ansible ALL=(ALL) NOPASSWD: ALL

Creating a file in /etc/sudoers.d, like we're doing here, allows us to configure sudo for a specific user. Here we're allowing the ansible user full access to the system via sudo without a password prompt. This will allow ansible-pull to run as a background task without us needing to run it manually.

Now, you can run ansible-pull again to pull down the latest changes:

sudo ansible-pull -U https://github.com/<github_user>/ansible.git

From this point forward, the cron job for ansible-pull will run every 10 minutes in the background and check your repository for changes. If it finds changes, it will run your playbook and apply your taskbooks.

So now we have a fully working solution. When you first set up a new laptop or desktop, you'll run the ansible-pull command manually, but only the first time. From that point forward, the ansible user will take care of subsequent runs in the background. When you want to make a change to your workstation machines, you simply pull down your Git repository, make the changes, then push those changes back to the repository. Then, the next time the cron job fires on each machine, it will pull down those changes and apply them. You now only have to make changes once, and all your workstations will follow suit. This method may be a bit unconventional though. Normally, you'd have an inventory file with your machines listed and several roles each machine could be a member of. However, the ansible-pull method, as described in this article, is a very efficient way of managing workstation configuration.

I have updated the code in my GitHub repository for this article, so feel free to browse the code there and check your syntax against mine. Also, I moved the code from the previous article into its own directory in that repository.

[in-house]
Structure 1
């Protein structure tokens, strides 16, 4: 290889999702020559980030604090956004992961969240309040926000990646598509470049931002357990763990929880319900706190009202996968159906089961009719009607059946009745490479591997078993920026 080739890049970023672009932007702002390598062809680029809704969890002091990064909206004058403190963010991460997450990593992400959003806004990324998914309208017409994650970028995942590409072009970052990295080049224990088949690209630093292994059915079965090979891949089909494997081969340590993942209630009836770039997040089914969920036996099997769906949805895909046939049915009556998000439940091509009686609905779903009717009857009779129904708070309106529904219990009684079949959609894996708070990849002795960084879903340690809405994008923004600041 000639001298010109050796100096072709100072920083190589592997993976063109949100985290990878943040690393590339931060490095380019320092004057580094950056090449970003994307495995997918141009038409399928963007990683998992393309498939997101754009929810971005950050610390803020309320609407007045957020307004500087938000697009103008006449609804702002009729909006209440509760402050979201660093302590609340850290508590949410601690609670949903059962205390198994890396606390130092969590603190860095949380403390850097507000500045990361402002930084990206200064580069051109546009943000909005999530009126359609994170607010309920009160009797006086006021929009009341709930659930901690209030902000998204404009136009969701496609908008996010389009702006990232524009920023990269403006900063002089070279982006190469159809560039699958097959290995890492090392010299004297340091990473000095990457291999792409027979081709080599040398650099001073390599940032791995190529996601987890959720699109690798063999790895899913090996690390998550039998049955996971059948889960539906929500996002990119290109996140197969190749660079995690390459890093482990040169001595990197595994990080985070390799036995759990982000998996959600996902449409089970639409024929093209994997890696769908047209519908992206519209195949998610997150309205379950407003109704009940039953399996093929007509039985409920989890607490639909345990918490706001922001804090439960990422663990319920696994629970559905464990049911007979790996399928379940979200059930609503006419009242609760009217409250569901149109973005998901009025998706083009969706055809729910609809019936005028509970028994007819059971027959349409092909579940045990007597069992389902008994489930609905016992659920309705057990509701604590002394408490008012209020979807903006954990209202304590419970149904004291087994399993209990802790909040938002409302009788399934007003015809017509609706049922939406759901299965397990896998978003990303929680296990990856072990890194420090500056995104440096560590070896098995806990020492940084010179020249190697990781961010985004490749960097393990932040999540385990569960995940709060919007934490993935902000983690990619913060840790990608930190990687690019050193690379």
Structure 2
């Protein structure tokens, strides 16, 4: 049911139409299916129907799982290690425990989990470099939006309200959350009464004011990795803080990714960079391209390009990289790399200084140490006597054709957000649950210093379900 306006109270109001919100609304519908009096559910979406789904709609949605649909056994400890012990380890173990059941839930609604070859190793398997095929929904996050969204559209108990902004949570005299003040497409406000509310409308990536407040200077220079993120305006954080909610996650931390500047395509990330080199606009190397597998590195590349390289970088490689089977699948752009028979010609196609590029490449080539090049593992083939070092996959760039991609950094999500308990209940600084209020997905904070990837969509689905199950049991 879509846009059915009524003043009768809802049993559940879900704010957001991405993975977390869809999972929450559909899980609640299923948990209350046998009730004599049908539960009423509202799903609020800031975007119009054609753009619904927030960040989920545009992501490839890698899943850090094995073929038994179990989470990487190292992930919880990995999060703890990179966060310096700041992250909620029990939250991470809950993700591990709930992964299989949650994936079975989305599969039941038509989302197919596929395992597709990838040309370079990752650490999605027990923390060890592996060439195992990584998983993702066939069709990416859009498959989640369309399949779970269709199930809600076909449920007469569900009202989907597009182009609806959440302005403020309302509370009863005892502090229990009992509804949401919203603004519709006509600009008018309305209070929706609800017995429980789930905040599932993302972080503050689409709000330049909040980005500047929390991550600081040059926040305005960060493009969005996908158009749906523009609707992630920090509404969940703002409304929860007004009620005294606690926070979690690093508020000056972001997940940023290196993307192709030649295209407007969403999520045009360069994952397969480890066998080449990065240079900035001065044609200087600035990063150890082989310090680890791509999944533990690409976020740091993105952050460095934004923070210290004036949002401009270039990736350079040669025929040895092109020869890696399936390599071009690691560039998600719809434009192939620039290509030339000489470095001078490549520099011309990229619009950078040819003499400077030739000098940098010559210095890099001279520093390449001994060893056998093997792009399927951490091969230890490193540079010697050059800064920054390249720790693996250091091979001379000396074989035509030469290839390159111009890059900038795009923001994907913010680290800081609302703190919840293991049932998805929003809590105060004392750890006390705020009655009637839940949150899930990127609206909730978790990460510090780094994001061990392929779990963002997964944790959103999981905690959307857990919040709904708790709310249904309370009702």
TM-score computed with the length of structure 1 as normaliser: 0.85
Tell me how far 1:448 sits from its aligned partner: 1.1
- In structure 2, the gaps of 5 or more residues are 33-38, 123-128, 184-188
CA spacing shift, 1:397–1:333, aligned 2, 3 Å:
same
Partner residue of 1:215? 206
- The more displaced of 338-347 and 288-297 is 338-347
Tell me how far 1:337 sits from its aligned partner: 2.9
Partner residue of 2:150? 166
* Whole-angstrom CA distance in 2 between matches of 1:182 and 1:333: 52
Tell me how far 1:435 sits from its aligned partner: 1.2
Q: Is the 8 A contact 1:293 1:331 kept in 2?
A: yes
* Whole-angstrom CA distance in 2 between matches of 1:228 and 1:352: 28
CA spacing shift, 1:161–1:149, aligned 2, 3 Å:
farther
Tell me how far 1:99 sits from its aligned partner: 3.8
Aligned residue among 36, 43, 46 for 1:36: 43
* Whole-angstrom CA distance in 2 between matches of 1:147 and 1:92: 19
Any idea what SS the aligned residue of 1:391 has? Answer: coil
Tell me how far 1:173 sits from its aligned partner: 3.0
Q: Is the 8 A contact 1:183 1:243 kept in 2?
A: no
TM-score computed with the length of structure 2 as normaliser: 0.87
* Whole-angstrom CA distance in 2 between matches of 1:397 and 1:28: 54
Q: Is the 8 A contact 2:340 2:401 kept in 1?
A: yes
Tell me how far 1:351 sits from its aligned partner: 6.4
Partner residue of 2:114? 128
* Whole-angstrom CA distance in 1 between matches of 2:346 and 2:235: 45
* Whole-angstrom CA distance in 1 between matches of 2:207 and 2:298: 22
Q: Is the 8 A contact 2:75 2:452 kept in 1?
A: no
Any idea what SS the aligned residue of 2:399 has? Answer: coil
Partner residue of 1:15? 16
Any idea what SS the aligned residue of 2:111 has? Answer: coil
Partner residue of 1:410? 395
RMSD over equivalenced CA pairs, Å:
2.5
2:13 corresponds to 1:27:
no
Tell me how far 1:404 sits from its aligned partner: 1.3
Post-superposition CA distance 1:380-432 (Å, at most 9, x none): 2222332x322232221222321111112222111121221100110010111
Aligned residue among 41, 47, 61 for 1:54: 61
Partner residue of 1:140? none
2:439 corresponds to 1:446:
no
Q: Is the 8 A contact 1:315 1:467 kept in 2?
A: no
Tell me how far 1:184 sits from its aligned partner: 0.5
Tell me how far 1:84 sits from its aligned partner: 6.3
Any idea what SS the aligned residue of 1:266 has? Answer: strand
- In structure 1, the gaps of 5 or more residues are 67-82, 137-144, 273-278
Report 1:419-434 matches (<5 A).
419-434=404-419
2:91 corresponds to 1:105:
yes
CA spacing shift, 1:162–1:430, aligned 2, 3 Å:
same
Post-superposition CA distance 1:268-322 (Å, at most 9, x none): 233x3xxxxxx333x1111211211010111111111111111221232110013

In part 3, we'll close out the series by using Ansible to configure GNOME desktop settings. I'll show you how to set your wallpaper and lock screen, apply a desktop theme, and more.

In the meantime, it's time for a little homework assignment. Most of us have configuration files we like to maintain for various applications we use. This could be configuration files for Bash, Vim, or whatever tools you use. I challenge you now to automate copying these configuration files to your machines via the Ansible repository we've been working on. In this article, I've shown you how to copy a file, so take a look at that and see if you can apply that knowledge to your personal files.

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About the author

Jay LaCroix - Jay LaCroix is a technologist from Michigan, with a focus on Linux and open-source software. Using Linux since 2002, Jay has been a die-hard fan ever since. He is currently a DevOps Engineer and freelance consultant and enjoys training and empowering others to use Linux and to make the most of this amazing software. In his free time, Jay is an author of books such as Linux Mint Essentials, Mastering Linux Network Administration and most recently, Mastering Ubuntu Server. In addition, Jay... more about Jay LaCroix